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AnimalSites.com Articles

Coping with the death of your pet

by:
AMANDEEP KAUR MAUJ

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Coping with the death of your pet



When a person you love dies, it's natural to feel sorrow, express
grief, and
expect friends and family to provide understanding and comfort.
Unfortunately,
the same doesn't always hold true if the one who died was your
companion
animal. Many consider grieving inappropriate for someone who has lost
"just a
pet."

Nothing could be further from the truth. People love their pets and
consider
them members of their family. Caregivers celebrate their pets'
birthdays,
confide in their animals, and carry pictures of them in their wallets.
So when
your beloved pet dies, it's not unusual to feel overwhelmed by the
intensity of
your sorrow.

Animals provide companionship, acceptance, emotional support, and
unconditional
love during the time they share with you. If you understand and accept
this
bond between humans and animals, you've already taken the first step
toward
coping with pet loss: knowing that it is okay to grieve when your pet
dies.



The grief process is as individual as the person, lasting days for one
person or
years for another. The process typically begins with denial, which
offers
protection until individuals can realize their loss. Some caregivers
may try
bargaining with a higher power, themselves, or even their pet to
restore life.
Some feel anger, which may be directed at anyone involved with the pet,
including family, friends, and veterinarians. Caregivers may also feel
guilt
about what they did or did not do, and may feel that it is
inappropriate to be
so upset. After these feelings subside, caregivers may experience true
sadness
or grief. They may become withdrawn or depressed. Acceptance occurs
when they
accept the reality of their loss and remember their animal companion
with
decreasing sadness. Remember, not everyone follows these classic stages
of
grief—some may skip or repeat a stage, or experience the stages in a
different
order.

Coping with grief:

Acknowledge your grief and give yourself permission to express it.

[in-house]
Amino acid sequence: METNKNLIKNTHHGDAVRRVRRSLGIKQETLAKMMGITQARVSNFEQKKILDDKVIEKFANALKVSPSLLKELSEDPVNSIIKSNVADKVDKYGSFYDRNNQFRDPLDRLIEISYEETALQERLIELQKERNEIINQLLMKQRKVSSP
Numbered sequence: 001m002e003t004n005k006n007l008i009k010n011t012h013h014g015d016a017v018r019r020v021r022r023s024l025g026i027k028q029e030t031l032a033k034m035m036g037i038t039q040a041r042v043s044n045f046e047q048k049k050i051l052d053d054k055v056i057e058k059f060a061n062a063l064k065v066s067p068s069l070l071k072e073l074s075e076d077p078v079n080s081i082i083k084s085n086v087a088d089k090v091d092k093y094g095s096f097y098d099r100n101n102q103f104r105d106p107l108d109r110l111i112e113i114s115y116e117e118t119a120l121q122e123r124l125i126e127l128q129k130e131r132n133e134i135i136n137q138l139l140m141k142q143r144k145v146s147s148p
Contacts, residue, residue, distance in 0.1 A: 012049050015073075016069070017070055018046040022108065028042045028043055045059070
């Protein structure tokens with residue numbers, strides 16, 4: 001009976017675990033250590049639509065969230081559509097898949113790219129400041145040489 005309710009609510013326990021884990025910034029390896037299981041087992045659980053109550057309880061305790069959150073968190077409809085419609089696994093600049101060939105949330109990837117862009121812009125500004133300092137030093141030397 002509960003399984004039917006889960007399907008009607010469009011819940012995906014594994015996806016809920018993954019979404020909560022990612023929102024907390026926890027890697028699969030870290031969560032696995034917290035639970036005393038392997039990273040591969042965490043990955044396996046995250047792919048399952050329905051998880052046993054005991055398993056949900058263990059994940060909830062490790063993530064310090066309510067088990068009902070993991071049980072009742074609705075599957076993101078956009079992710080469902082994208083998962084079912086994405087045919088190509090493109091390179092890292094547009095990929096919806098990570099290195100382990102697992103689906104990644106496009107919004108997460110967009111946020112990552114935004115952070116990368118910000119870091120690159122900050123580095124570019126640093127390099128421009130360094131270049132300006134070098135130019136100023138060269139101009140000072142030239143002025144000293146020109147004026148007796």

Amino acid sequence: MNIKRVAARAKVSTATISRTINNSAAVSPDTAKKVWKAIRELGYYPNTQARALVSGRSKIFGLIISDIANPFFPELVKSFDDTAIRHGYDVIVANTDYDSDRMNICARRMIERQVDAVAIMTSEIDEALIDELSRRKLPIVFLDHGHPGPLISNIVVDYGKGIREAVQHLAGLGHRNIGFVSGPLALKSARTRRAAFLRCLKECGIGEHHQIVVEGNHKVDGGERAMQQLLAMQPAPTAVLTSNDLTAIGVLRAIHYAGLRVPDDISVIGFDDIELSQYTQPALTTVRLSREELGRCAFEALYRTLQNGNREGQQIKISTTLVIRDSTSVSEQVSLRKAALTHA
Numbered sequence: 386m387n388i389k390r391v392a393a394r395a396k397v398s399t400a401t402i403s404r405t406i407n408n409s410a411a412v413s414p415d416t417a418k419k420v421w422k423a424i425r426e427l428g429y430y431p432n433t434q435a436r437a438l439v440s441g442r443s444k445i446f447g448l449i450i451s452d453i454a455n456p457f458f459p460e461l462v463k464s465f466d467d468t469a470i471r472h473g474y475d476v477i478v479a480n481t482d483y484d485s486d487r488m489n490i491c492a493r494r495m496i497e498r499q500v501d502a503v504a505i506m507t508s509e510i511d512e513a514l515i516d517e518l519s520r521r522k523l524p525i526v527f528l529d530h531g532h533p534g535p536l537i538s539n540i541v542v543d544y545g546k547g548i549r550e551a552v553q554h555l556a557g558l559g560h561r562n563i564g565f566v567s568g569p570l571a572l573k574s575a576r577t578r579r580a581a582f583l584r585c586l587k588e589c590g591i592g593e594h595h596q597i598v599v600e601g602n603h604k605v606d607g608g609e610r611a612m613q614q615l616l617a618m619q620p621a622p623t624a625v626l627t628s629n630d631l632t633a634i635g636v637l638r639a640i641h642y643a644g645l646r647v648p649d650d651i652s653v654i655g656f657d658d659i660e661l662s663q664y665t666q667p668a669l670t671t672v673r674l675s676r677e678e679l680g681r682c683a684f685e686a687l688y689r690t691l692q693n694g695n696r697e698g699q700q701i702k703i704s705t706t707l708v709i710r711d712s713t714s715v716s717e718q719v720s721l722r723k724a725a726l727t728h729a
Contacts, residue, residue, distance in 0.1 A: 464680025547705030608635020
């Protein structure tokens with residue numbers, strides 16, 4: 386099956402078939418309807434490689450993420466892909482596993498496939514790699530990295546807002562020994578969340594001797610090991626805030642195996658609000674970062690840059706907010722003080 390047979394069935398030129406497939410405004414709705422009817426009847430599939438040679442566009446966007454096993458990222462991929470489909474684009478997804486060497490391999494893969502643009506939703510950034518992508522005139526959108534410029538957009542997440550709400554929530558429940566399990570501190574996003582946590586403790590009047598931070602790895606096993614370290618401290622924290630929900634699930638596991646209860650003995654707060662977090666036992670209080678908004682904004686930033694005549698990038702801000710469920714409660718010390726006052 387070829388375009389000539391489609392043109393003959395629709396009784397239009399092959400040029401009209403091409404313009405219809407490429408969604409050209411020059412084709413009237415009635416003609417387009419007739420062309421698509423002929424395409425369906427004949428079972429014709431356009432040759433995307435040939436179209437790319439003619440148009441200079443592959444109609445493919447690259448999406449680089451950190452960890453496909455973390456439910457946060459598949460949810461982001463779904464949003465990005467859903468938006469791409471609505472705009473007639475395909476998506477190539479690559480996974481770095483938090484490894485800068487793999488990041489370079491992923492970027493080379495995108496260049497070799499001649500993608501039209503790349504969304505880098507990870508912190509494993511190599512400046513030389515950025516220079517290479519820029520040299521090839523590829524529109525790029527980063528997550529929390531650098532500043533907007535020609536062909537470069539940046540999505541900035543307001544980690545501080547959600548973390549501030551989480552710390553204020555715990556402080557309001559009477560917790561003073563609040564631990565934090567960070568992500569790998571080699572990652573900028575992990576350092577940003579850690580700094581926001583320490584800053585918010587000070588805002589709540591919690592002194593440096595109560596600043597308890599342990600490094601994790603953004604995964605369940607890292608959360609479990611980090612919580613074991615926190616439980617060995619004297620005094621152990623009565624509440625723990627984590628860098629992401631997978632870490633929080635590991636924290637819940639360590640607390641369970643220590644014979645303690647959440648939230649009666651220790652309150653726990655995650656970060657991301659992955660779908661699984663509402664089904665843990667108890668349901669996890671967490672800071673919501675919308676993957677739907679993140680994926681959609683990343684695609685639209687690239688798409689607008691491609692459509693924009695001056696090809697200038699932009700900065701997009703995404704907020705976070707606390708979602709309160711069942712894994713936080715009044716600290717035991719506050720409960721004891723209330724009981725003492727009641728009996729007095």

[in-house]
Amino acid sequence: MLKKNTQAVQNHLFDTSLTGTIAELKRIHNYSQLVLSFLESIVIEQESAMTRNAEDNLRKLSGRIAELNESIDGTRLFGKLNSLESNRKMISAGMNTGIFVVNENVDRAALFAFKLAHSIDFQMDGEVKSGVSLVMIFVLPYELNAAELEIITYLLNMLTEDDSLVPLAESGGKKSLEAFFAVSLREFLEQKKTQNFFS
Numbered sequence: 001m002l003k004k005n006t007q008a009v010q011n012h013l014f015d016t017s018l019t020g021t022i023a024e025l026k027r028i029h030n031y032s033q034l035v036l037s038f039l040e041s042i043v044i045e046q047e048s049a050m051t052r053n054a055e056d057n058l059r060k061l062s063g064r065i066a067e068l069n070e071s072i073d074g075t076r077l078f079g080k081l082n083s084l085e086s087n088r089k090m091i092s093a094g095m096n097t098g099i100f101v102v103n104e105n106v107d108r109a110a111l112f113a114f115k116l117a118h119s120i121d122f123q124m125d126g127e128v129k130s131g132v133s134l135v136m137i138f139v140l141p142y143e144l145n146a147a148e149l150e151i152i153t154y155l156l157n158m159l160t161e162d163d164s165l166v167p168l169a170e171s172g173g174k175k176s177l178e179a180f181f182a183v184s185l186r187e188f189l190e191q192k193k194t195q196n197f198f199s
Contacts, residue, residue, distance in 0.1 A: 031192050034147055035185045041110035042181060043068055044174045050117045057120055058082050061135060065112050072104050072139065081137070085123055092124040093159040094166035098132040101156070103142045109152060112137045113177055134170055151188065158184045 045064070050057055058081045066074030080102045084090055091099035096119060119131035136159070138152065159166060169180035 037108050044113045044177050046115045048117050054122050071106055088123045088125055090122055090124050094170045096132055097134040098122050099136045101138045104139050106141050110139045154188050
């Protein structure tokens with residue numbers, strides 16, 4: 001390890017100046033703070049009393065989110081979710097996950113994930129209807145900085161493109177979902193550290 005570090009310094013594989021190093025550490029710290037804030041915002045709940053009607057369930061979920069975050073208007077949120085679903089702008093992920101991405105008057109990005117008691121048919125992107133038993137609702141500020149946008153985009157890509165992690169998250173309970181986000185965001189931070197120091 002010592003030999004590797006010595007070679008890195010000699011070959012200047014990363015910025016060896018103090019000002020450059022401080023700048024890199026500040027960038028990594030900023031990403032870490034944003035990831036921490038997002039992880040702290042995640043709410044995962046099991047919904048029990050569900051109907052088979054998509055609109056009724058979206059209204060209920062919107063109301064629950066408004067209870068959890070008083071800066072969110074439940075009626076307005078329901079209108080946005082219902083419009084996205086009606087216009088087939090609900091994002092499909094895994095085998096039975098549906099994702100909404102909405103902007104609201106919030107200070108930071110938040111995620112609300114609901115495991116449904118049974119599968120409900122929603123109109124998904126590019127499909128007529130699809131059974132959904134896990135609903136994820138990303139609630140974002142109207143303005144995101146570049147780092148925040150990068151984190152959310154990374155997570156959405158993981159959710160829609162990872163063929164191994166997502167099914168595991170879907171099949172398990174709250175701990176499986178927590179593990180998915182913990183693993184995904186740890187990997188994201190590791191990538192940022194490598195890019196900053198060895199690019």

Don't hesitate to reach out to others who can lend a sympathetic ear.

Write about your feelings, either in a journal or a poem.

Explore the Internet for pet loss support groups and coping
information.

Prepare a memorial for your pet.

Dealing with children and seniors : The loss of a pet may be a child's
first
experience with death. The child may blame himself, his parents, or the
veterinarian for not saving the pet. And he may feel guilty, depressed,
and
frightened that others he loves may be taken from him. Trying to
protect your
child by saying the pet ran away could cause your child to expect the
pet's
return and feel betrayed after discovering the truth. Expressing your
own grief
may reassure your child that sadness is okay and help him work through
his
feelings.

Coping with the loss of a pet can be particularly hard for seniors.
Those who
live alone may feel a loss of purpose and an immense emptiness. The
pet's death
may also trigger painful memories of other losses and remind caregivers
of their
own mortality. What's more, the decision to get another pet is
complicated by
the possibility that the pet may outlive the caregiver, and hinges on
the
person's physical and financial ability to care for a new pet.

For all these reasons, it's critical that senior pet owners take
immediate steps
to cope with their loss and regain a sense of purpose. If you are a
senior, try
interacting with friends and family.


Please do not rush into the decision of buying a new pet. It isn't fair
to you
or your new pet. Each animal has his own unique personality and a new
animal
cannot replace the one you lost. You'll know when the time is right to
adopt a
new pet after giving yourself time to grieve, carefully considering the
responsibilities of pet ownership, and paying close attention to your
feelings.


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